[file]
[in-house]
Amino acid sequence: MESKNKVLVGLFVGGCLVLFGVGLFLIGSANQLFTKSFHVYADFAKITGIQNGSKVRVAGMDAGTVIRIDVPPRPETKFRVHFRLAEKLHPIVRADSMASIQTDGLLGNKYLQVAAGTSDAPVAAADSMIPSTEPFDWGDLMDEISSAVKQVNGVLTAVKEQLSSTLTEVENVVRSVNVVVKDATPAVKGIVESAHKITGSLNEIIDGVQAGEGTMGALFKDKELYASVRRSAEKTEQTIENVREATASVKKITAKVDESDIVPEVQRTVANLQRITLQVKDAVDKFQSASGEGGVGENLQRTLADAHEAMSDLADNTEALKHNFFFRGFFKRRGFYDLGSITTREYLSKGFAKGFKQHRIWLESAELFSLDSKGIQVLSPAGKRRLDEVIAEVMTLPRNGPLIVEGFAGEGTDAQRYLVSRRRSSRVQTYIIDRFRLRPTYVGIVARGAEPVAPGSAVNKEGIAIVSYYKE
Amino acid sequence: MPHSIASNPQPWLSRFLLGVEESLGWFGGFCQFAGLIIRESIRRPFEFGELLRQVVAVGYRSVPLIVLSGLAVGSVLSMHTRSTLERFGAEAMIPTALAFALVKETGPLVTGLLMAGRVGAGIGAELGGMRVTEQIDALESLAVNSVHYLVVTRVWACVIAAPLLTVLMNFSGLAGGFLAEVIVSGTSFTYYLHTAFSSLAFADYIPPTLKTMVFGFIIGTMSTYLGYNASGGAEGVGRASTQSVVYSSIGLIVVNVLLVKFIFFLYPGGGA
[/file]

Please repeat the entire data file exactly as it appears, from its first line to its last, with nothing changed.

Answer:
[in-house]
Amino acid sequence: MESKNKVLVGLFVGGCLVLFGVGLFLIGSANQLFTKSFHVYADFAKITGIQNGSKVRVAGMDAGTVIRIDVPPRPETKFRVHFRLAEKLHPIVRADSMASIQTDGLLGNKYLQVAAGTSDAPVAAADSMIPSTEPFDWGDLMDEISSAVKQVNGVLTAVKEQLSSTLTEVENVVRSVNVVVKDATPAVKGIVESAHKITGSLNEIIDGVQAGEGTMGALFKDKELYASVRRSAEKTEQTIENVREATASVKKITAKVDESDIVPEVQRTVANLQRITLQVKDAVDKFQSASGEGGVGENLQRTLADAHEAMSDLADNTEALKHNFFFRGFFKRRGFYDLGSITTREYLSKGFAKGFKQHRIWLESAELFSLDSKGIQVLSPAGKRRLDEVIAEVMTLPRNGPLIVEGFAGEGTDAQRYLVSRRRSSRVQTYIIDRFRLRPTYVGIVARGAEPVAPGSAVNKEGIAIVSYYKE
Amino acid sequence: MPHSIASNPQPWLSRFLLGVEESLGWFGGFCQFAGLIIRESIRRPFEFGELLRQVVAVGYRSVPLIVLSGLAVGSVLSMHTRSTLERFGAEAMIPTALAFALVKETGPLVTGLLMAGRVGAGIGAELGGMRVTEQIDALESLAVNSVHYLVVTRVWACVIAAPLLTVLMNFSGLAGGFLAEVIVSGTSFTYYLHTAFSSLAFADYIPPTLKTMVFGFIIGTMSTYLGYNASGGAEGVGRASTQSVVYSSIGLIVVNVLLVKFIFFLYPGGGA